Wiseglass, G. ; Pri-Tal, O. ; Mosquna, A. ABA signaling components in Phelipanche aegyptiaca. Sci Rep 2019, 9 6476.Abstract
Obligate root holoparasite Phelipanche aegyptiaca is an agricultural pest, which infests its hosts and feeds on the sap, subsequently damaging crop yield and quality. Its notoriously viable seed bank may serve as an ideal pest control target. The phytohormone abscisic acid (ABA) was shown to regulate P. aegyptiaca seed dormancy following strigolactones germination stimulus. Transcription analysis of signaling components revealed five ABA receptors and two co-receptors (PP2C). Transcription of lower ABA-affinity subfamily III receptors was absent in all tested stages of P. aegyptiaca development and parasitism stages. P. aegyptiaca ABA receptors interacted with the PP2Cs, and inhibited their activity in an ABA-dependent manner. Moreover, sequence analysis revealed multiple alleles in two P. aegyptiaca ABA receptors, with many non-synonymous mutations. Functional analysis of selected receptor alleles identified a variant with substantially decreased inhibitory effect of PP2Cs activity in-vitro. These results provide evidence that P. aegyptiaca is capable of biochemically perceiving ABA. In light of the possible involvement of ABA in parasitic activities, the discovery of active ABA receptors and PP2Cs could provide a new biochemical target for the agricultural management of P. aegyptiaca. Furthermore, the potential genetic loss of subfamily III receptors in this species, could position P. aegyptiaca as a valuable model in the ABA perception research field.
Zheng, C. ; Acheampong, A. K. ; Shi, Z. ; Mugzech, A. ; Halaly-Basha, T. ; Shaya, F. ; Sun, Y. ; Colova, V. ; Mosquna, A. ; Ophir, R. ; et al. Abscisic acid catabolism enhances dormancy release of grapevine buds. Plant, Cell & Environment 2018, 41, 2490-2503. Publisher's VersionAbstract
Abstract The molecular mechanism regulating dormancy release in grapevine buds is as yet unclear. It was formerly proposed that dormancy is maintained by abscisic acid (ABA)-mediated repression of bud–meristem activity and that removal of this repression triggers dormancy release. It was also proposed that such removal of repression may be achieved via natural or artificial up-regulation of VvA8H-CYP707A4, which encodes ABA 8′-hydroxylase, and is the most highly expressed paralog in grapevine buds. The current study further examines these assumptions, and its experiments reveal that (a) hypoxia and ethylene, stimuli of bud dormancy release, enhance expression of VvA8H-CYP707A4 within grape buds, (b) the VvA8H-CYP707A4 protein accumulates during the natural transition to the dormancy release stage, and (c) transgenic vines overexpressing VvA8H-CYP707A4 exhibit increased ABA catabolism and significant enhancement of bud break in controlled and natural environments and longer basal summer laterals. The results suggest that VvA8H-CYP707A4 functions as an ABA degrading enzyme, and are consistent with a model in which the VvA8H-CYP707A4 level in the bud is up-regulated by natural and artificial bud break stimuli, which leads to increased ABA degradation capacity, removal of endogenous ABA-mediated repression, and enhanced regrowth. Interestingly, it also hints at sharing of regulatory steps between latent and lateral bud outgrowth.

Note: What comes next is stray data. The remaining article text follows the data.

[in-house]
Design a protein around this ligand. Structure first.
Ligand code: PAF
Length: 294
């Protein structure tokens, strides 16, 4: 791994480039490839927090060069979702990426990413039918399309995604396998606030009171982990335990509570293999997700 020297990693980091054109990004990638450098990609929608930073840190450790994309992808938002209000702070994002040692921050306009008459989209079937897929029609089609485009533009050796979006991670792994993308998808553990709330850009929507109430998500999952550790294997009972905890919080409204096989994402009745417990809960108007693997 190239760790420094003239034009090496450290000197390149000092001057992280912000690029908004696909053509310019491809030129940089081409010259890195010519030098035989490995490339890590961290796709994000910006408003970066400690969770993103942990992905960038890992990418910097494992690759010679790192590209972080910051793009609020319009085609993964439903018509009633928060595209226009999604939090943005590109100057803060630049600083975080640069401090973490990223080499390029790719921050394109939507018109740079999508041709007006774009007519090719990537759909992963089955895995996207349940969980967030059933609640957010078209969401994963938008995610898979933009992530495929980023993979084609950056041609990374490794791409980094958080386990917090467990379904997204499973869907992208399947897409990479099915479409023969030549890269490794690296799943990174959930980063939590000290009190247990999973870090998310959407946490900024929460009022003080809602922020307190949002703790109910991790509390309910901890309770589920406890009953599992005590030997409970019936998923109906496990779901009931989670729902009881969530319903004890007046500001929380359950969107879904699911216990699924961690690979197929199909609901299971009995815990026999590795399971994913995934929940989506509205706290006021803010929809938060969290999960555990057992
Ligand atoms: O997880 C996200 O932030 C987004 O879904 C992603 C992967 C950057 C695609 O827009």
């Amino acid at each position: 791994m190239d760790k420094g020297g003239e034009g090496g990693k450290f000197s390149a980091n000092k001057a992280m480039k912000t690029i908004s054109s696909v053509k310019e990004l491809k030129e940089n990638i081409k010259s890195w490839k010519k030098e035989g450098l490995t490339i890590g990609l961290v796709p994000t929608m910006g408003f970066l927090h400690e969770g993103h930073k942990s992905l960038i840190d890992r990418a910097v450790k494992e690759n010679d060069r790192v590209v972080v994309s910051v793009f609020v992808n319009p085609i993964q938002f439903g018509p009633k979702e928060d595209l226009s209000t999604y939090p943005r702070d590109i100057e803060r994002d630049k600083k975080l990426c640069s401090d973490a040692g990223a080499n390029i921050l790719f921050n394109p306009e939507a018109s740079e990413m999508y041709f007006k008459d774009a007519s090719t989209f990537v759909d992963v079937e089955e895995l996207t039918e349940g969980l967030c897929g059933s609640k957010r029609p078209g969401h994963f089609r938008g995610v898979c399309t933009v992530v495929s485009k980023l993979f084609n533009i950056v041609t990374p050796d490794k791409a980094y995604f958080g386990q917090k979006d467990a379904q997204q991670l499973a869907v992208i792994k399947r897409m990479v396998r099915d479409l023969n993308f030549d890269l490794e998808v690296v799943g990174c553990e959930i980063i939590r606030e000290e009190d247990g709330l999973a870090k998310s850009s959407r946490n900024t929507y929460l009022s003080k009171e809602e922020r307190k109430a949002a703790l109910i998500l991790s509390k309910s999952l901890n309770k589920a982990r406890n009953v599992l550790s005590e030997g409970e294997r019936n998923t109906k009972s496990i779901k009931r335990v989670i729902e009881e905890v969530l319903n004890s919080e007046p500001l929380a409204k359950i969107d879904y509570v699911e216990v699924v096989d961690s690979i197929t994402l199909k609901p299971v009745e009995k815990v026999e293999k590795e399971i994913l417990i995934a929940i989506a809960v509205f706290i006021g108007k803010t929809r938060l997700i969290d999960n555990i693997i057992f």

Tannenbaum, M. ; Sarusi-Portuguez, A. ; Krispil, R. ; Schwartz, M. ; Loza, O. ; Benichou, J. I. C. ; Mosquna, A. ; Hakim, O. Regulatory chromatin landscape in roots uncovered by coupling INTACT and ATAC-seq. Plant Methods 2018, 14, 113.Abstract
Background: There is a growing interest in the role of chromatin in acquiring and maintaining cell identity. Despite the ever-growing availability of genome-wide gene expression data, understanding how transcription programs are established and regulated to define cell identity remains a puzzle. An important mechanism of gene regulation is the binding of transcription factors (TFs) to specific DNA sequence motifs across the genome. However, these sequences are hindered by the packaging of DNA to chromatin. Thus, the accessibility of these loci for TF binding is highly regulated and determines where and when TFs bind. We present a workflow for measuring chromatin accessibility in and define organ-specific regulatory sites and binding motifs of TFs at these sites. Results: We coupled the recently described isolation of nuclei tagged in specific cell types (INTACT) and assay for transposase-accessible chromatin with high-throughput sequencing (ATAC-seq) as a genome-wide strategy to uncover accessible regulatory sites in based on their accessibility to nuclease digestion. By applying this pipeline in roots, we revealed 41,419 accessible sites, of which approximately half are found in gene promoters and contain the H3K4me3 active histone mark. The root-unique accessible sites from this group are enriched for root processes. Interestingly, most of the root-unique accessible sites are found in nongenic regions but are correlated with root-specific expression of distant genes. Importantly, these gene-distant sites are enriched for binding motifs of TFs important for root development as well as motifs for TFs that may play a role as novel transcriptional regulators in roots, suggesting that these accessible loci are functional novel gene-distant regulatory elements. Conclusions: By coupling INTACT with ATAC-seq methods, we present a feasible pipeline to profile accessible chromatin in plants. We also introduce a rapid measure of the experiment quality. We find that chromatin accessibility at promoter regions is strongly associated with transcription and active histone marks. However, root-specific chromatin accessibility is primarily found at intergenic regions, suggesting their predominance in defining organ identity possibly via long-range chromatin interactions. This workflow can be rapidly applied to study the regulatory landscape in other cell types, plant species and conditions.